… is the modern face of Nixonland. He is congenitally dishonest, utterly without either principle or shame, and quite prepared to verbally and physically bully anyone and everyone who opposes him. He and Mark Clarke are honoured and, indeed, decorated alumni of the Young Britons' Foundation. He knows all about bullying in politics because he is one of its most able practitioners.
Not only is Cole an alumni of the Young Britons' Foundation, however, he was also celebrated by Conservative Home with evident approval as one of the "Westminster Brat Pack", a "London-based group of friends and professionals, who drink, blog, tweet, and network together". And, of Cole, CH writes: "His parties south of the river (hosted at the flat he shares with Christian May) are, apparently, the stuff of Brat Pack legend".

Another of the "Brat Pack" is Sam Coates, formerly deputy editor of Conservative Home and a close associate of Tim Montgomerie, who is now whinging in CapX that the Tory bullying scandal "reveals [a] shrunken, centralised, flawed party".

This is the man who complains that "people who crossed the party leadership a decade ago are never forgiven", yet forgets how quickly he banned from CH any commenters who spoke against David Cameron, when young Montgomerie was in his "hail the great leader" phase. This is also the man who ruthlessly blocks people from his Twitter account for daring to disagree with him.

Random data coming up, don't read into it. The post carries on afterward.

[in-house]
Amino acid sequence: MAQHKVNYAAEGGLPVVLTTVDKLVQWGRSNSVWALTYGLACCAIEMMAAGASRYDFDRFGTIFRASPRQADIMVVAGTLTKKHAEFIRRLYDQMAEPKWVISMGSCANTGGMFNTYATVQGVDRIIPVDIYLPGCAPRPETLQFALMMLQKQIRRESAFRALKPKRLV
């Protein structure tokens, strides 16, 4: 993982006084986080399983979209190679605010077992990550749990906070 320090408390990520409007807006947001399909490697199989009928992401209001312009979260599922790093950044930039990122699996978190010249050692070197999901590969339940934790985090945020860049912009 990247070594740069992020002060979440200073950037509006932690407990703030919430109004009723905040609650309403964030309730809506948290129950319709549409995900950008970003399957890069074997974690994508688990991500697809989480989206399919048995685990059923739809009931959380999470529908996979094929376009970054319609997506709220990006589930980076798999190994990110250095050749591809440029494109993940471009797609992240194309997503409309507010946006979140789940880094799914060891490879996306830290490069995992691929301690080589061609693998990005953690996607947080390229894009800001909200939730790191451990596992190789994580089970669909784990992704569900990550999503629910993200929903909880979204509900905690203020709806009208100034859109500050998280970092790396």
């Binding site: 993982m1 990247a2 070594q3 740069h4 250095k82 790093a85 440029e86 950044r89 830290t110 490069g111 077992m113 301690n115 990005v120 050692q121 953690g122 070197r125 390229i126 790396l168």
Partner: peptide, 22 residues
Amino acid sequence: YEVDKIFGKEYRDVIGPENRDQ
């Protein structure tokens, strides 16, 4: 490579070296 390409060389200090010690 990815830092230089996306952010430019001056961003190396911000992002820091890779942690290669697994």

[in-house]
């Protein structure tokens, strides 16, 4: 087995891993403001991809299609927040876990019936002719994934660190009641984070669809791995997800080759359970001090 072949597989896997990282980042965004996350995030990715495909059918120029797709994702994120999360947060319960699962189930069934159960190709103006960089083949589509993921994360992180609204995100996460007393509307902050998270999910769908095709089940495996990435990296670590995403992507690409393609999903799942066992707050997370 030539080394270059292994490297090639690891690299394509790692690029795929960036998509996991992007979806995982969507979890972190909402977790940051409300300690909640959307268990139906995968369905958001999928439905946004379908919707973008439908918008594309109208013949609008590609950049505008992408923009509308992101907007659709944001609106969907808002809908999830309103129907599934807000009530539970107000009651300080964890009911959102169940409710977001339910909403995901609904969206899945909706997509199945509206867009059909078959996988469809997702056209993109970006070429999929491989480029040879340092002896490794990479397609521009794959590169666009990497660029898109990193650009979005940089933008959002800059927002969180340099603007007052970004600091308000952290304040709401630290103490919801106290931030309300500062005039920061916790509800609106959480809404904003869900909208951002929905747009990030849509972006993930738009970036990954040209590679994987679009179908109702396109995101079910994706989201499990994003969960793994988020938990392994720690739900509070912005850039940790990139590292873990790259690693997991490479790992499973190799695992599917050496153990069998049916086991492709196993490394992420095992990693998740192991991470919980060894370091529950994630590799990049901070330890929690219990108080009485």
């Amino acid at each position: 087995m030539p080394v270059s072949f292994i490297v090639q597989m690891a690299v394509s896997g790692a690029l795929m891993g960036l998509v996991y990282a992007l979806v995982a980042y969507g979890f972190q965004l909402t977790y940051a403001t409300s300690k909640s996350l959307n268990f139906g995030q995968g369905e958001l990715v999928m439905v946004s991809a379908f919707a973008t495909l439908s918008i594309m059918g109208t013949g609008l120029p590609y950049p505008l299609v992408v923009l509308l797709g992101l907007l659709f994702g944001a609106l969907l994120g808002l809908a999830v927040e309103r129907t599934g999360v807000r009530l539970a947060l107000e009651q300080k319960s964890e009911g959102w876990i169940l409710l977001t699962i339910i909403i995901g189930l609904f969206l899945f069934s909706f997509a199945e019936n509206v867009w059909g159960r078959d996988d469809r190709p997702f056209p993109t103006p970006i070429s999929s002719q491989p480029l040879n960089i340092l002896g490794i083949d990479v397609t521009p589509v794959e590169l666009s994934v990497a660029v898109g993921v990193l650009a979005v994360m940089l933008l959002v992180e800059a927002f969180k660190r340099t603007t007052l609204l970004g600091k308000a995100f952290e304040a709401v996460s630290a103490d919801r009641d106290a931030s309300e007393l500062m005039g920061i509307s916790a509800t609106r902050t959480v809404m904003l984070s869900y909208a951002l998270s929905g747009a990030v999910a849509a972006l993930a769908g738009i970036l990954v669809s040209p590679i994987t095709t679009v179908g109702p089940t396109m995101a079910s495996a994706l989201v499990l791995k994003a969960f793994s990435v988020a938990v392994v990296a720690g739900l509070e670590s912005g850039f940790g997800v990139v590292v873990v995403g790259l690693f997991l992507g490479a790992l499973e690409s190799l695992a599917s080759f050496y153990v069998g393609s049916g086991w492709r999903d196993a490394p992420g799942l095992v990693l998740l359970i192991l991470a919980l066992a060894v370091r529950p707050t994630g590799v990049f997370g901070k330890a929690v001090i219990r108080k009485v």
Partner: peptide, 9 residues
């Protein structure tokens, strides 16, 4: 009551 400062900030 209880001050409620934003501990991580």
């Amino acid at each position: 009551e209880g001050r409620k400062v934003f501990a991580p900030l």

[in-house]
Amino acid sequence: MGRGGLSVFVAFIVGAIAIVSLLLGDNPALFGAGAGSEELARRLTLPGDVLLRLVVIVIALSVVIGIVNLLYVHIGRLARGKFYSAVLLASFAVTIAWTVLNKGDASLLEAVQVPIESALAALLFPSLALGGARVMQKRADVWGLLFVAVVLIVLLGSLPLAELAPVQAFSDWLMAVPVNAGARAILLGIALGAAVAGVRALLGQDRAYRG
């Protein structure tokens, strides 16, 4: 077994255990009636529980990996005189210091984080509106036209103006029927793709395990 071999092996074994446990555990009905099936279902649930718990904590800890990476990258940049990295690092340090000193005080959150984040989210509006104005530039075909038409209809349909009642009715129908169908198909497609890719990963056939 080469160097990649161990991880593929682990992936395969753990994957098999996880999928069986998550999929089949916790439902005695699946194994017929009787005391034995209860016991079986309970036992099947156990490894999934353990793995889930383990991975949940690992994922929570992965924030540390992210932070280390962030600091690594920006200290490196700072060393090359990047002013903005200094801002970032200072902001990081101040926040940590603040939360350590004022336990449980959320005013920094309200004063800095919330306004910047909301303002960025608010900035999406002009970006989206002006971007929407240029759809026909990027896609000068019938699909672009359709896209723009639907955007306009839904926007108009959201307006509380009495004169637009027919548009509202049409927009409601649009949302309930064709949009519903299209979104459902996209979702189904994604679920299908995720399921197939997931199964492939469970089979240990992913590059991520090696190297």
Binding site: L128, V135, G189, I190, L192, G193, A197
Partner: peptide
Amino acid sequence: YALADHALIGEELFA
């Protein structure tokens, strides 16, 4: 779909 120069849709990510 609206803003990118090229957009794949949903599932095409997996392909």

Another close associate is Mark Wallace, now executive editor for Conservative Home, but formerly of the Taxpayers Alliance (TPA) where his boss was Matthew Elliott. Wallace, also a member of the "Brat Pack", uses his editorial position on CH to write puff pieces supporting his friend and former boss in his ambitions to become the lead campaigner for the "leave" side of the referendum.

Still another Bratt Packer is Matthew Sinclair, who took over the role of Director of the TPA when Matthew Elliott left to head the No2AV campaign (during which Paul Staines was paid handsomely as a media consultant). Now a consultant for the EU-funded Europe Economics, Sinclair maintains his links with Elliott and is a frequent contributor to Conservative Home.

There is nothing overtly sinister about these relationships, but they do go to show how introverted and closed the "SW1 crowd" has become, where you are either "one of us" or, in their eyes, you don't exist – you become a nonentity.

And within that "in crowd", we see that bullying, bitching, backstabbing, blackmail and betrayals are the common currency of these people, from amongst whom are those who consider themselves ideally fitted to run the "leave" campaign.

If it had not been for the intervention of Arron Banks, Mr Elliott's "Vote Leave Ltd" and his gang of Tory Boys would have been a slam dunk for lead designation. But, if nothing else, the Mark Clarke affair shows us that we should be even more reluctant about letting these people anywhere near the campaign.

The Tory "brand" is tarnished goods, and their supposed "brightest and best" are not to be trusted. If we are to win this referendum campaign, we must look elsewhere.